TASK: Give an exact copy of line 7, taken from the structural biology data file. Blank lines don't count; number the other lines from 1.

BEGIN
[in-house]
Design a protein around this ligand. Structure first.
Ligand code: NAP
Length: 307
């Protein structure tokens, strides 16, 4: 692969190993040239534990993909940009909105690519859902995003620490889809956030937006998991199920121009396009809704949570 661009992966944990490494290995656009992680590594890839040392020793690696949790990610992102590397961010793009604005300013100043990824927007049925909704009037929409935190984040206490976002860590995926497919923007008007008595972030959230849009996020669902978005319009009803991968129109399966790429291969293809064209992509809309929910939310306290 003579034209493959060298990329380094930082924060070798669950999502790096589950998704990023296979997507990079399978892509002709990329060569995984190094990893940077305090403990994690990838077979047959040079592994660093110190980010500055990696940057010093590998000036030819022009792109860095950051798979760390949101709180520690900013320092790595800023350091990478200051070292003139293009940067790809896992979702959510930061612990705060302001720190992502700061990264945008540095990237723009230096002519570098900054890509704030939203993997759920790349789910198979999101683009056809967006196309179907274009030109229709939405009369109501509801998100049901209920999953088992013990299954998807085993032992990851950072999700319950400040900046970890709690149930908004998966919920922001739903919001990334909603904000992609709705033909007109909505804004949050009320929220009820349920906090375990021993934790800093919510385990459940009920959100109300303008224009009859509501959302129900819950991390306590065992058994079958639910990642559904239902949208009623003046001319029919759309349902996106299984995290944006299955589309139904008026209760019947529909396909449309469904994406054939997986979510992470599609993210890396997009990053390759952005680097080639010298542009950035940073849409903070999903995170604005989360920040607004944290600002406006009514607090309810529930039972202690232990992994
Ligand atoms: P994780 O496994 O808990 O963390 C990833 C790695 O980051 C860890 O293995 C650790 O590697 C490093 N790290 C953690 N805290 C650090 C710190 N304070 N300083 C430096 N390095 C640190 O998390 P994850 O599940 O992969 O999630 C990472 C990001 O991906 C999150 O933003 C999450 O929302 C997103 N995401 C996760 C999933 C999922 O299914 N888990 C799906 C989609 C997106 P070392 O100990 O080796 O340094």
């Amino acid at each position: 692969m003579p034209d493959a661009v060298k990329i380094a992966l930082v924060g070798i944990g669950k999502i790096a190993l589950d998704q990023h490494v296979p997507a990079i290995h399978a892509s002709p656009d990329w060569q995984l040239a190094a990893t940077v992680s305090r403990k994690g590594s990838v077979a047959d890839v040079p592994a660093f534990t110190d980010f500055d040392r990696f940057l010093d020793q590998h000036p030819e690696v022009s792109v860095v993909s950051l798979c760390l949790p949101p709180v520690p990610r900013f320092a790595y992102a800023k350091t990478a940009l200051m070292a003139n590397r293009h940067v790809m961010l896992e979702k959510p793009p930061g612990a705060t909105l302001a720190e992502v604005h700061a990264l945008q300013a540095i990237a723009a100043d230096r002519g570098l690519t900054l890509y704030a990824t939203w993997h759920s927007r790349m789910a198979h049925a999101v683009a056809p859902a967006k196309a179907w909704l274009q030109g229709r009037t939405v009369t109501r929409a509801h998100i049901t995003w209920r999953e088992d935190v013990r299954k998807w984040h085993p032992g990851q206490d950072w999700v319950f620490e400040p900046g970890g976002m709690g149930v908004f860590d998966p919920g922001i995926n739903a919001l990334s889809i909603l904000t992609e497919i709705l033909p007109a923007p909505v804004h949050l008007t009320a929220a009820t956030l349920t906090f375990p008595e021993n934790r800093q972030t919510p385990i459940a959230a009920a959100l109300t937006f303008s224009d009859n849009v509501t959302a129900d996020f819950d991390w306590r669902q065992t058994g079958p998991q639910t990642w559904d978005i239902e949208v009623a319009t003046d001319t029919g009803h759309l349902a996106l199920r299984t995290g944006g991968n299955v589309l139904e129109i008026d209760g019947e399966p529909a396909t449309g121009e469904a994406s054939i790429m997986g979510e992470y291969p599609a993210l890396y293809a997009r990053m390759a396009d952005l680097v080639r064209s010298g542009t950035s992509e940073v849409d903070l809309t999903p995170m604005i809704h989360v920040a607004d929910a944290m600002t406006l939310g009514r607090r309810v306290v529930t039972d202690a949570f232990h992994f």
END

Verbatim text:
């Amino acid at each position: 692969m003579p034209d493959a661009v060298k990329i380094a992966l930082v924060g070798i944990g669950k999502i790096a190993l589950d998704q990023h490494v296979p997507a990079i290995h399978a892509s002709p656009d990329w060569q995984l040239a190094a990893t940077v992680s305090r403990k994690g590594s990838v077979a047959d890839v040079p592994a660093f534990t110190d980010f500055d040392r990696f940057l010093d020793q590998h000036p030819e690696v022009s792109v860095v993909s950051l798979c760390l949790p949101p709180v520690p990610r900013f320092a790595y992102a800023k350091t990478a940009l200051m070292a003139n590397r293009h940067v790809m961010l896992e979702k959510p793009p930061g612990a705060t909105l302001a720190e992502v604005h700061a990264l945008q300013a540095i990237a723009a100043d230096r002519g570098l690519t900054l890509y704030a990824t939203w993997h759920s927007r790349m789910a198979h049925a999101v683009a056809p859902a967006k196309a179907w909704l274009q030109g229709r009037t939405v009369t109501r929409a509801h998100i049901t995003w209920r999953e088992d935190v013990r299954k998807w984040h085993p032992g990851q206490d950072w999700v319950f620490e400040p900046g970890g976002m709690g149930v908004f860590d998966p919920g922001i995926n739903a919001l990334s889809i909603l904000t992609e497919i709705l033909p007109a923007p909505v804004h949050l008007t009320a929220a009820t956030l349920t906090f375990p008595e021993n934790r800093q972030t919510p385990i459940a959230a009920a959100l109300t937006f303008s224009d009859n849009v509501t959302a129900d996020f819950d991390w306590r669902q065992t058994g079958p998991q639910t990642w559904d978005i239902e949208v009623a319009t003046d001319t029919g009803h759309l349902a996106l199920r299984t995290g944006g991968n299955v589309l139904e129109i008026d209760g019947e399966p529909a396909t449309g121009e469904a994406s054939i790429m997986g979510e992470y291969p599609a993210l890396y293809a997009r990053m390759a396009d952005l680097v080639r064209s010298g542009t950035s992509e940073v849409d903070l809309t999903p995170m604005i809704h989360v920040a607004d929910a944290m600002t406006l939310g009514r607090r309810v306290v529930t039972d202690a949570f232990h992994f």